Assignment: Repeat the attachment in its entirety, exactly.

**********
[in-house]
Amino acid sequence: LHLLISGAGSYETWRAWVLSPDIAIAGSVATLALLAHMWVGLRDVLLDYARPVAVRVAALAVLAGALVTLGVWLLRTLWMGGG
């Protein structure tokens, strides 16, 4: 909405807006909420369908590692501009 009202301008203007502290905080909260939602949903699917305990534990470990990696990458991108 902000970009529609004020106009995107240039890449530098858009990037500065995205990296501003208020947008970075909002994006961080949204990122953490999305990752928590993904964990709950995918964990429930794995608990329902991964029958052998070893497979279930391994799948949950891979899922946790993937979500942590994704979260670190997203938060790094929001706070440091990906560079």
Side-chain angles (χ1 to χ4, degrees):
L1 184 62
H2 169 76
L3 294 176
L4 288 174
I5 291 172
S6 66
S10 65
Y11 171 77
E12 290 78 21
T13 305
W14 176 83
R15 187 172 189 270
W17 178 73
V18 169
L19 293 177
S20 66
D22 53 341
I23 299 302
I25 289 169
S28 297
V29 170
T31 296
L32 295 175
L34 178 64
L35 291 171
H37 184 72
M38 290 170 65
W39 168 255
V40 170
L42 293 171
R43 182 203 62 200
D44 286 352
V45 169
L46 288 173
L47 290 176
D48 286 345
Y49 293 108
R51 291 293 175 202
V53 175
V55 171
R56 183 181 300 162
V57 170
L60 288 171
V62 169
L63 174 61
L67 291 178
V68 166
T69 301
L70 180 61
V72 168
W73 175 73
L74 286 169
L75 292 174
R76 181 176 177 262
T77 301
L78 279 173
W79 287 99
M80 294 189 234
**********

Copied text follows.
[in-house]
Amino acid sequence: LHLLISGAGSYETWRAWVLSPDIAIAGSVATLALLAHMWVGLRDVLLDYARPVAVRVAALAVLAGALVTLGVWLLRTLWMGGG
């Protein structure tokens, strides 16, 4: 909405807006909420369908590692501009 009202301008203007502290905080909260939602949903699917305990534990470990990696990458991108 902000970009529609004020106009995107240039890449530098858009990037500065995205990296501003208020947008970075909002994006961080949204990122953490999305990752928590993904964990709950995918964990429930794995608990329902991964029958052998070893497979279930391994799948949950891979899922946790993937979500942590994704979260670190997203938060790094929001706070440091990906560079």
Side-chain angles (χ1 to χ4, degrees):
L1 184 62
H2 169 76
L3 294 176
L4 288 174
I5 291 172
S6 66
S10 65
Y11 171 77
E12 290 78 21
T13 305
W14 176 83
R15 187 172 189 270
W17 178 73
V18 169
L19 293 177
S20 66
D22 53 341
I23 299 302
I25 289 169
S28 297
V29 170
T31 296
L32 295 175
L34 178 64
L35 291 171
H37 184 72
M38 290 170 65
W39 168 255
V40 170
L42 293 171
R43 182 203 62 200
D44 286 352
V45 169
L46 288 173
L47 290 176
D48 286 345
Y49 293 108
R51 291 293 175 202
V53 175
V55 171
R56 183 181 300 162
V57 170
L60 288 171
V62 169
L63 174 61
L67 291 178
V68 166
T69 301
L70 180 61
V72 168
W73 175 73
L74 286 169
L75 292 174
R76 181 176 177 262
T77 301
L78 279 173
W79 287 99
M80 294 189 234